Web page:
Thursday's Daily Pulse
What you need to know about Florida today
Floridian of the Year
The Advocate: Yolanda Cash Jackson
Attorney and lobbyist Yolanda Cash Jackson has built a career forging paths of opportunity for others. Jackson’s biggest impact, arguably, comes from the work she’s done advocating for state financial support for the state’s three private historically Black colleges and universities: Bethune-Cookman University in Daytona Beach, Florida Memorial University in Miami Gardens and Edward Waters University in Jacksonville. [Source: Florida Trend]
Florida's costly legal system trumps expenses in other states
Florida has earned a reputation as a litigious state with some of the busiest courthouses in the nation, and a new report shows that the dollars flowing through the Sunshine State’s legal system dwarf other states by a wide margin. Costs and compensation, or the total dollar amount changing hands as a result of litigation and defense expenses or damages paid at the conclusion of a lawsuit, exceeded $40 billion in Florida in 2020, according to a U.S. Chamber of Commerce analysis of tort costs in the U.S. [Source: Tampa Bay Times]
Wildlife officials approve manatee protections
State wildlife officials Wednesday approved a seasonal no-entry zone in an area of Brevard County waters where manatees gather, while preparing for a second winter of feeding the sea cows to try to prevent deaths. The approval came after the Florida Fish and Wildlife Conservation Commission confirmed this month that it will again work with the U.S. Fish and Wildlife Service to feed lettuce to manatees. The agencies also took the unusual step last winter, as manatees starved because of a lack of seagrass, a key food source. [Source: News Service of Florida]
You probably don’t have the right insurance to cover what Ian did to homes in Florida
Florida’s homeowners shell out thousands, even tens of thousands, for property insurance to protect themselves from fierce storms like Hurricane Ian. But tens of thousands of people walloped by the Category 4 storm in September are now discovering that they didn’t have the coverage they needed for one of the biggest impacts of the storm — flood insurance. It’s one of the hardest — and most expensive — lessons from hurricane season 2022, which officially ended Wednesday. [Source: Miami Herald]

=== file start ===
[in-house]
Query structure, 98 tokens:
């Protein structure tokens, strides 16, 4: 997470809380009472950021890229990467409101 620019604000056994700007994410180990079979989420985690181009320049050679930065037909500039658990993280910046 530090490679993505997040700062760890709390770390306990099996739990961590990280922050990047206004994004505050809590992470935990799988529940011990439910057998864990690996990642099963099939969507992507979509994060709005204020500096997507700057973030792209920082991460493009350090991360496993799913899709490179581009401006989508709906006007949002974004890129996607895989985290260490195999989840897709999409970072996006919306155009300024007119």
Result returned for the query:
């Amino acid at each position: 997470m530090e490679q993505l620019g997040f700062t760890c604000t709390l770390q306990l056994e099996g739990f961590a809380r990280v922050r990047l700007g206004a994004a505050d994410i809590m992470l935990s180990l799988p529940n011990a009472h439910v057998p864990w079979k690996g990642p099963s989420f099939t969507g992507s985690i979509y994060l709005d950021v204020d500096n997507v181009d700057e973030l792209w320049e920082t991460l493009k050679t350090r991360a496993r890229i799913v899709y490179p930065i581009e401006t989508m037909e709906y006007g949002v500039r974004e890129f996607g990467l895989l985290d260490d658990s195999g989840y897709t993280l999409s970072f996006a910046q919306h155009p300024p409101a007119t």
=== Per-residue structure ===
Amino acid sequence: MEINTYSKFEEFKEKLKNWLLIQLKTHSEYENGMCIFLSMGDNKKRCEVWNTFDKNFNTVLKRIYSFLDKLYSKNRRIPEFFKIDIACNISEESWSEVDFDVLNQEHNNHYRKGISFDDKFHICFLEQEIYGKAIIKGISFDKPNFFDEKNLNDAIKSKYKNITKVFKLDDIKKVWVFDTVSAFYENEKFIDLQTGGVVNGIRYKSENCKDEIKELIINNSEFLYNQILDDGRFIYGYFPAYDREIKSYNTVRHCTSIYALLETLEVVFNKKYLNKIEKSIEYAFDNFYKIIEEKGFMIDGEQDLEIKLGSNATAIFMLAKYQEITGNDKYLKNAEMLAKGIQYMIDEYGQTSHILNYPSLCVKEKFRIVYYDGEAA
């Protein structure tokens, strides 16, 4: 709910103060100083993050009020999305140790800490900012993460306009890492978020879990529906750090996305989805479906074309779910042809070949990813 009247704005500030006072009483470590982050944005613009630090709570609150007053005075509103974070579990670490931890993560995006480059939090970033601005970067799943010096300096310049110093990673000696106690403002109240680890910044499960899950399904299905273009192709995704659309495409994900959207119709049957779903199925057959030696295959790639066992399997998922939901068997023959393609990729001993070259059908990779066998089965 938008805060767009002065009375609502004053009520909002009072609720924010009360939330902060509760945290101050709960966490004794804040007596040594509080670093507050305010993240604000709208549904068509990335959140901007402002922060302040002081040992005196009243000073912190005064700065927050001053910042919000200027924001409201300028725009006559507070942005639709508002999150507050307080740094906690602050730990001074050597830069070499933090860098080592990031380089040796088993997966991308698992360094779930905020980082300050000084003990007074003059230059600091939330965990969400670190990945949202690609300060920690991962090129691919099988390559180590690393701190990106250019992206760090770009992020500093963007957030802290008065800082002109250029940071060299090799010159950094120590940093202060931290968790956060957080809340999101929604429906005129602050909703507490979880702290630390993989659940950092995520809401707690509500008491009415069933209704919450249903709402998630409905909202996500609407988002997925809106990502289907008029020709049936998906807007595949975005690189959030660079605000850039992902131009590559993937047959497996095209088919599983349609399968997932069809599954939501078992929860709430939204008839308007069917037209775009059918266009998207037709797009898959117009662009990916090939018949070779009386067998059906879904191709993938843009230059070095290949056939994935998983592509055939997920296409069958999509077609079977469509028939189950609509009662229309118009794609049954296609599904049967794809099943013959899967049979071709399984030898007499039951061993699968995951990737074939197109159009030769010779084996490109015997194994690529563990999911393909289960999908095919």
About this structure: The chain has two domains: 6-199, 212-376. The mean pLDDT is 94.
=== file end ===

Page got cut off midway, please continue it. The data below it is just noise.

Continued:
U.S. Sugar completes deal amid legal fight
U.S. Sugar Corp. has completed a $315 million purchase of another large player in the sugar industry as the federal government continues to fight the merger on antitrust grounds. Attorneys for Clewiston-based U.S. Sugar said in a court filing Tuesday that it had completed the acquisition of the assets of Imperial Sugar Co. The filing came after a federal judge on Sept. 23 rejected an attempt by the U.S. Department of Justice to block the merger. [Source: News Service of Florida]
ALSO AROUND FLORIDA:
› White sharks once again migrate into Florida’s waters, probably eating other sharks
It’s that time of year again: White sharks, just like snowbirds, have started heading south for the weather. They’re turning toward Florida’s waters after spending the summer off Cape Cod and Nova Scotia, hunting seals and tuna. Several sharks have begun pinging off South Florida, as part of a tagging study by nonprofit marine research foundation Ocearch. The tags, which last for up to five years, ping when the shark surfaces, sending location data to researchers.
› Where Orlando's office market ranks for available sublease space and what it means
Orlando has seen its office market evolve dramatically since the Covid-19 pandemic began in 2020, especially in the amount of office space available for sublease as companies continue to reevaluate their needs amid hybrid and remote work models. In fact, Orlando has seen a 246% increase in the square footage of sublease space available between Q3 2019-Q3 2022 — an uptick big enough to rank No. 3 among the 39 markets evaluated.
› So you aren’t a rich art collector? These Miami Art Week events are free (or cheap)
So you’re on a budget or just plain cheap, but you still want to enjoy Miami Art Week. Relax. This is possible, if you know where to go. Here are a few of the free and inexpensive events (under $20) around town, from the offbeat joys of small shows like Fridge Art Fair or Ink and local community centers and museums — and even the Homestead-Miami Speedway.
› Clearwater land with lost graves of Black pioneers gets a historic marker
In 1954, the city of Clearwater was assured that more than 300 graves moved from the Black cemetery on the corner of Holt Avenue and Engman Street accounted for all the burials. More than 60 years later, archaeologists discovered that at least 55 graves were left behind when that land was cleared to make way for a city pool and school. At 10 a.m. on Saturday, a historic marker will be unveiled on that corner as a reminder that the currently unused Pinellas County School District land should still be considered a cemetery despite the absence of headstones.
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